So what’s the difference between caffeine and theacrine?

Well, caffeine works by inhibiting adenosine receptors. TeaCrine inhibits adenosine receptors and activating dopamine receptors.

Higher dopamine levels = more energy, and more focus! (6)

But that’s not even the best news…

Because while the effectiveness of caffeine depends largely on the person’s tolerance levels, TeaCrine appears to have no tolerance build-up. (5, 7, 8)

Further still, a 2012 study published in the Journal of the International Society of Sports Nutrition showed us that a whopping 80% of theacrine’s benefits are exhibited within the first hour of consumption; meaning you won’t spend the rest of your day bouncing off the wall like a piece of Flubber. (9)

More research is needed (and thankfully it’s being done right now) before we can truly consider it a superior option to caffeine, but the signs are great and MaxxMuscle have made a brave move by choosing to combine the two rather than lumping for good old caffeine (even though that would have been cheaper).

A combination does appear to work well, too, as researchers from Rutgers University, New Jersey, found that when they replaced a 270mg dose of caffeine with a combo of 150mg caffeine and 120mg theacrine, it resulted in superior training output. (10)

Atomic Bomb does even better than this, with 150mg caffeine alongside 150mg TeaCrine.

Well done Anth Bailes.

Anth Bailes preworkout review


Most people know beta-alanine as the pre workout ingredient which gives you the tingles.

But there’s more going on under the hood.

It’s been shown to buffer against the build-up of lactic acid during intense exercise (“the burn”), and this was demonstrated well during a 2008 trial which noted an average of 25% more repetitions per set with beta-alanine supplementation. (11, 12)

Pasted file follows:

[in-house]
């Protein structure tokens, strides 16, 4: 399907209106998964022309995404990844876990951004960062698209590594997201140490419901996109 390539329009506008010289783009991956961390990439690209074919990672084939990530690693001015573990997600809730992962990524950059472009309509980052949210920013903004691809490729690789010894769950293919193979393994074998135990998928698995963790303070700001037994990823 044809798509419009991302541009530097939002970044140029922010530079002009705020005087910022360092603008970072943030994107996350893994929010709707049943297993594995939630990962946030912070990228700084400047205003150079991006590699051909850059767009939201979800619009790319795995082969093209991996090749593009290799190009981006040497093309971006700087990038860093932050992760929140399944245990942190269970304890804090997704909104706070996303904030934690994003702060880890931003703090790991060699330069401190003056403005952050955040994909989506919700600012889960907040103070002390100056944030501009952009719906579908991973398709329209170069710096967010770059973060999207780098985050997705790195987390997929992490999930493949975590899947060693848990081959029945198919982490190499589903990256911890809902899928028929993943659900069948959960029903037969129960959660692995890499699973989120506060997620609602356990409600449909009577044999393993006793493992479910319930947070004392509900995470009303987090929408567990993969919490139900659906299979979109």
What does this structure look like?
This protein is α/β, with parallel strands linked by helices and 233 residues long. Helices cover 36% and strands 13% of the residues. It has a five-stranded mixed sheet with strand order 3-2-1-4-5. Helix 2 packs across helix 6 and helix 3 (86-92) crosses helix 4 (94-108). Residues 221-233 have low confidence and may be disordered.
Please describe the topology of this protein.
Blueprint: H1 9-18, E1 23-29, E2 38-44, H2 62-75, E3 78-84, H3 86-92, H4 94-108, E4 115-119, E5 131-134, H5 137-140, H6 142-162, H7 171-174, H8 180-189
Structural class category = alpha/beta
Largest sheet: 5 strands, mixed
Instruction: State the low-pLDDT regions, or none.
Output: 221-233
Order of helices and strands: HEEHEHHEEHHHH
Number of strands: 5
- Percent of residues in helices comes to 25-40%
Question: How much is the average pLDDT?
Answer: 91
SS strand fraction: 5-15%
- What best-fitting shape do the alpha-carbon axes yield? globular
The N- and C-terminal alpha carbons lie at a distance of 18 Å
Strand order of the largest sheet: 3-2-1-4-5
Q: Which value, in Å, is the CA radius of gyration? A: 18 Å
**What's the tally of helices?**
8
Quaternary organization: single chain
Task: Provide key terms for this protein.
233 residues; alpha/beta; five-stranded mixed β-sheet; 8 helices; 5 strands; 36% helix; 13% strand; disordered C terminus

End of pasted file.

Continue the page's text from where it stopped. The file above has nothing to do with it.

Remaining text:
A full clinical dose of beta-alanine is 3.2 grams, and new research suggests that splitting it into two even 1.6 gram servings leads to slightly better uptake in the muscle cells. (13)

Regardless, MaxxMuscle Atomic Bomb comes in at 3 grams which is slightly below the max threshold, but still easily high enough to reap the training benefits it offers over time.

(It would have made sense to remove some of the less effective ingredients from the formula and add an extra 0.2g to this one.)

Maxx Muscle Atomic Bomb review


This is where things take a major turn for the worse.

Citrulline malate is capable of improving a whole host of training aspects, and should be considered a high priority when looking for a potential new pre workout to buy.

Increased recovery speed between sets… check! More reps achieved before muscle failure… check! Better pump… check! (24, 25)

It does this by accessing the body’s nitric oxide pathways, allowing for greater delivery of nutrients to muscle cells as they work, but it is quite an expensive ingredient so we often see companies under-dose it and then still make claims on the packaging about the benefits on offer (a practice known in the industry as “fairy dusting”).

That’s precisely what’s happened here.

Even though it has a much higher absorption rate than its predecessor for this job (arginine), it’s still not enough. (26, 27)

A full clinical dose is 6-8 grams, and Atomic Bomb contains just 2.5 grams.

With such a bright start, this ingredient lets the product down considerably.



Creatine is the best-selling bodybuilding supplement of all time.